Next on the high-profile list in the mainstream media comes EFT fraud by corporate insiders. Typically, Jack uses Jill's password to process fraudulent payments. The recent R42 million cyber theft from Postbank rings those particular bells. It's also worth considering that in another part of a victim company, Jill can use Jack's password to alter payroll details and to modify delivery notes, purchase orders, invoices and credit notes.
But well-publicised cyber crimes are not necessarily the ones that cause the highest losses. Although there's less news about it, the cyber theft of corporate secrets is clearly widespread, and has the potential to be far more damaging.
Such thefts strike at a company's competitive advantage since they result in the loss of information such as strategic plans, forecasts and financials, R&D, deal negotiations, pricing structures, legal actions, production processes, and mergers and acquisitions.
This upper layer of cyber crime threatens the foundations on which a company is built. Losing information on how a product is made is far worse than losing records on who buys it.
Layers of cyber crime losses
Although South African corporates may not be able to quantify their cyber crime losses, they certainly do know what gets spent on preventing them. According to the SA “IT Security Market Sizing and Forecast 2006 - 2011” reportfrom BMI-TechKnowledge, the South African IT security market for hardware, software and services was expected to grow to an estimated value of R6 574 million by 2011.
Perhaps more than any other figure, this layer of expenditure on security systems clearly indicates the presence of cyber crime and the cost simply to counter it - and it does not include the recurring, direct costs of all the employees and consultants who manage these multimillion-rand systems.
But what about the less obvious layers of costs that contributes to the accumulated expenditure that can be directly attributed to actual corporate cyber crimes?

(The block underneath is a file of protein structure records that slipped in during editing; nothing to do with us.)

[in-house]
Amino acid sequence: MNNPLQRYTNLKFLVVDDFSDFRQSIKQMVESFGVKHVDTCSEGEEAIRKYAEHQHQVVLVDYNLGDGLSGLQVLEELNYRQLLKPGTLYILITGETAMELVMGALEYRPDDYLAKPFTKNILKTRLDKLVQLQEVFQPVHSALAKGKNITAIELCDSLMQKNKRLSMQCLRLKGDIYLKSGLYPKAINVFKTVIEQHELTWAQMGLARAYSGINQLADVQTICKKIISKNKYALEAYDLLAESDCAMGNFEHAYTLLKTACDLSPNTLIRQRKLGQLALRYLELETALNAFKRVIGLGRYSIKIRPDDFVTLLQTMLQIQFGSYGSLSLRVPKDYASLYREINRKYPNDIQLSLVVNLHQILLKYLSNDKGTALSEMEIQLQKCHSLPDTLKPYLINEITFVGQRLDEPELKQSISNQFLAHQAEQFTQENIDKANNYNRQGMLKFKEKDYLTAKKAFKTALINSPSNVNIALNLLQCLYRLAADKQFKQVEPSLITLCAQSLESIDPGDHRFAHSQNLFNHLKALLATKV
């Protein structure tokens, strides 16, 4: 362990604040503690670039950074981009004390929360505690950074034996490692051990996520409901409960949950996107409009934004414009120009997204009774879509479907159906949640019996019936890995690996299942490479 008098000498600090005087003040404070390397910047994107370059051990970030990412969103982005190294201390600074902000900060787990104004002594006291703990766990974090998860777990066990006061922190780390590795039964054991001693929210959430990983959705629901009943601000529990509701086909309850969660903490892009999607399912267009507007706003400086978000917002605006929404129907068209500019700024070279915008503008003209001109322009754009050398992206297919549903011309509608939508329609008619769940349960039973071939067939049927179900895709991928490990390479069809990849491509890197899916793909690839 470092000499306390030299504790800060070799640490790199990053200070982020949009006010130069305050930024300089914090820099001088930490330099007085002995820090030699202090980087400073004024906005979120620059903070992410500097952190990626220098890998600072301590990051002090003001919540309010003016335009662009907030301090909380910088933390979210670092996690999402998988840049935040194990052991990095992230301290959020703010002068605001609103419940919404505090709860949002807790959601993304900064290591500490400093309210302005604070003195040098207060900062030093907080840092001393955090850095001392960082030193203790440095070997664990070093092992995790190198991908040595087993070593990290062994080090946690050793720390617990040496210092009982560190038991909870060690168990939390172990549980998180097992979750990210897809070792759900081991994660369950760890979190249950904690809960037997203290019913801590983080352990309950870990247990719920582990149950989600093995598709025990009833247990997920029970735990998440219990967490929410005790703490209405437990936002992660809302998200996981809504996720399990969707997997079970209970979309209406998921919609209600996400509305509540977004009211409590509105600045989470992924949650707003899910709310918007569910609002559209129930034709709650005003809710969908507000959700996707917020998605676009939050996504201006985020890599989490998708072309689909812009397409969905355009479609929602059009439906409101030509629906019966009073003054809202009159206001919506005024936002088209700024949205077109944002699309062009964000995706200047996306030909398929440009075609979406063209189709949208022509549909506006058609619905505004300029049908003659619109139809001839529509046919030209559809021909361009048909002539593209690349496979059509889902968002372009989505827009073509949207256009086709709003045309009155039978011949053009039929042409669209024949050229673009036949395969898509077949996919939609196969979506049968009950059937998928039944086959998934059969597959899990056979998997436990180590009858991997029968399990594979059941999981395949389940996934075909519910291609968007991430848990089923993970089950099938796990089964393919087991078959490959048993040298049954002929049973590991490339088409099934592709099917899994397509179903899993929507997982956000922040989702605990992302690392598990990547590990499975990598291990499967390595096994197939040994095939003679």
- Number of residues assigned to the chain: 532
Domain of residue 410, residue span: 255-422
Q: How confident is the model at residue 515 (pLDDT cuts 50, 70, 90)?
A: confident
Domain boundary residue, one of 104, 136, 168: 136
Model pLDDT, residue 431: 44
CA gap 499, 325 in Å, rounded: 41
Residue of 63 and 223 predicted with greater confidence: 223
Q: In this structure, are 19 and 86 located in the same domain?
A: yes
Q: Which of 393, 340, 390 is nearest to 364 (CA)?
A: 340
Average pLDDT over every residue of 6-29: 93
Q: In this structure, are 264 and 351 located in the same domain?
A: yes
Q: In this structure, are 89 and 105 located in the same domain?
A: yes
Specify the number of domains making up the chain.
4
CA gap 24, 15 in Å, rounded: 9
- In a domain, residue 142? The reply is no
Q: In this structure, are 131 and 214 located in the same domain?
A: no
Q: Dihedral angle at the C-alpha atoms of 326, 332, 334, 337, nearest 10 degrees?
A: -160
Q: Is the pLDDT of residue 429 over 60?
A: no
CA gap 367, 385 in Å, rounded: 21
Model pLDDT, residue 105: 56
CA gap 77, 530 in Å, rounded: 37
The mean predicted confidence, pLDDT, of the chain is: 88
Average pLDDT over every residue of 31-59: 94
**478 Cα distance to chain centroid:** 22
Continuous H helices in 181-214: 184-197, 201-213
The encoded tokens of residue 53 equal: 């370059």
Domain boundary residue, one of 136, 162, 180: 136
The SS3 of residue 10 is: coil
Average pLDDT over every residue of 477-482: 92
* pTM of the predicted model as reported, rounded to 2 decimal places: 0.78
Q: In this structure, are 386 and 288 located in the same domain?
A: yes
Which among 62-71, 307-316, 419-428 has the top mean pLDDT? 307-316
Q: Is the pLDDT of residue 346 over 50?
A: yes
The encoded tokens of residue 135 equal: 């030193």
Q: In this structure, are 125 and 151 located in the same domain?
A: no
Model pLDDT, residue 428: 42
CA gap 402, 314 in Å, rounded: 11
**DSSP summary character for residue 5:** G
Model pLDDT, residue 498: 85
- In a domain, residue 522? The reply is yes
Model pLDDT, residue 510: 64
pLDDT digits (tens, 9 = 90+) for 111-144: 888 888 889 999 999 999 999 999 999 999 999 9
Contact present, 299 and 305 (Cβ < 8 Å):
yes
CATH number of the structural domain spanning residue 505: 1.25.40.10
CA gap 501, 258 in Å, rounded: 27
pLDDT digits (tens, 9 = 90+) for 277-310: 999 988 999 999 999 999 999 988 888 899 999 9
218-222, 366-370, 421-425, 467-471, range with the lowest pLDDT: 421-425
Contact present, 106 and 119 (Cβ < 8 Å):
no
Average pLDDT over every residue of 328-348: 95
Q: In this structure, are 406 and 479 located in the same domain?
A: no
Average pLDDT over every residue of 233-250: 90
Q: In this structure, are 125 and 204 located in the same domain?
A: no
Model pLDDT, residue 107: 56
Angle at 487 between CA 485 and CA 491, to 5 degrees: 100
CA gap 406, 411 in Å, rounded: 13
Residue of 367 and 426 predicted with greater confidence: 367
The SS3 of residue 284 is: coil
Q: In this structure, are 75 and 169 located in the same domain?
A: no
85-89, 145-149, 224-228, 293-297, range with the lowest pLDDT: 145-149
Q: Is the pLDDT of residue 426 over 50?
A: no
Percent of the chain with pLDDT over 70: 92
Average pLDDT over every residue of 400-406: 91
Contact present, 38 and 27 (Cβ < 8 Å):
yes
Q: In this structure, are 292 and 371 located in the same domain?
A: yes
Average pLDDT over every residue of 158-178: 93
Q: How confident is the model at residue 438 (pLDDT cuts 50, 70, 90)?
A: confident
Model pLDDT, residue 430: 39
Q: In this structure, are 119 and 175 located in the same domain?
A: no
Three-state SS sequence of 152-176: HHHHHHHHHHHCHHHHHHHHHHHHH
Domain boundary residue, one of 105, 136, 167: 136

The quantifiable costs incurred as a consequence of containing and investigating a specific cyber crime is compounded by the cost of implementing measures intended to prevent its recurrence.
And there are still even more layers of loss. These include the loss of productivity and sales revenue; expenditure on legal costs and regulatory penalties; the costs of mobilising a public relations response; and the consequent losses caused by an overall loss of stakeholder confidence.
It's an almost never-ending tale of cyber crime loss, loss, loss...
In the opening line of “Layer Cake”, the hero says: “When I was born, the world was a far simpler place. It was all just cops and robbers.” He's reminiscing about the days of good old-fashioned villains wearing balaclavas, carrying sawn-offs and robbing banks.
But the world turns and things change. Welcome to the layer cake. And listen to its scream.
* Mark Eardley will speak about the evolution of corporate cyber crime and the challenges it presents, at the ITWeb Security Summit.
Mark Eardley has worked in the South African biometrics industry since 2006. He has directed the marketing for a local biometric brand and is currently responsible for business development at SuperVision Biometric Systems, South Africaâs oldest biometric specialist.